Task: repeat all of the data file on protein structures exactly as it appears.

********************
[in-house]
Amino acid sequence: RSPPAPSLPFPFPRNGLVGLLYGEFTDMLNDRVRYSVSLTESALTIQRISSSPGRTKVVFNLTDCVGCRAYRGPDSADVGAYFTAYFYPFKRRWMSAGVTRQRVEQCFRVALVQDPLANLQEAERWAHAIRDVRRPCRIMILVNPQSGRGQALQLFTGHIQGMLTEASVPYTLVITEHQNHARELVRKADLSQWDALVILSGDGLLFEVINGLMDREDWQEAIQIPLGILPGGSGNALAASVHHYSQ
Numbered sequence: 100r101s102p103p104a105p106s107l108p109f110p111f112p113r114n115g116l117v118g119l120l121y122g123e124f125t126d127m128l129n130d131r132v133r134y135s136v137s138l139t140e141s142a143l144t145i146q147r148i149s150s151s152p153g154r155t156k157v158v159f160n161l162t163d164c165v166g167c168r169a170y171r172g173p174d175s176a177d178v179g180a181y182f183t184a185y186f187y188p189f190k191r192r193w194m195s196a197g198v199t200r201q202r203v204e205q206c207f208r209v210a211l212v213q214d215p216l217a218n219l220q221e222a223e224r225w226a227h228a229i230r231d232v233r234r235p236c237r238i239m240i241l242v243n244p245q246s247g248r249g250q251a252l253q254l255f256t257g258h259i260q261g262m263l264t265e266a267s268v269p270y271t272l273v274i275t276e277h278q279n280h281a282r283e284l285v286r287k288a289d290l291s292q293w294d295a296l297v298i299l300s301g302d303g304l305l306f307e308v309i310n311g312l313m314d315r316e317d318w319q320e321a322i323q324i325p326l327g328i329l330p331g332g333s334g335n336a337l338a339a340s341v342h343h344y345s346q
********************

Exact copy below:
[in-house]
Amino acid sequence: RSPPAPSLPFPFPRNGLVGLLYGEFTDMLNDRVRYSVSLTESALTIQRISSSPGRTKVVFNLTDCVGCRAYRGPDSADVGAYFTAYFYPFKRRWMSAGVTRQRVEQCFRVALVQDPLANLQEAERWAHAIRDVRRPCRIMILVNPQSGRGQALQLFTGHIQGMLTEASVPYTLVITEHQNHARELVRKADLSQWDALVILSGDGLLFEVINGLMDREDWQEAIQIPLGILPGGSGNALAASVHHYSQ
Numbered sequence: 100r101s102p103p104a105p106s107l108p109f110p111f112p113r114n115g116l117v118g119l120l121y122g123e124f125t126d127m128l129n130d131r132v133r134y135s136v137s138l139t140e141s142a143l144t145i146q147r148i149s150s151s152p153g154r155t156k157v158v159f160n161l162t163d164c165v166g167c168r169a170y171r172g173p174d175s176a177d178v179g180a181y182f183t184a185y186f187y188p189f190k191r192r193w194m195s196a197g198v199t200r201q202r203v204e205q206c207f208r209v210a211l212v213q214d215p216l217a218n219l220q221e222a223e224r225w226a227h228a229i230r231d232v233r234r235p236c237r238i239m240i241l242v243n244p245q246s247g248r249g250q251a252l253q254l255f256t257g258h259i260q261g262m263l264t265e266a267s268v269p270y271t272l273v274i275t276e277h278q279n280h281a282r283e284l285v286r287k288a289d290l291s292q293w294d295a296l297v298i299l300s301g302d303g304l305l306f307e308v309i310n311g312l313m314d315r316e317d318w319q320e321a322i323q324i325p326l327g328i329l330p331g332g333s334g335n336a337l338a339a340s341v342h343h344y345s346q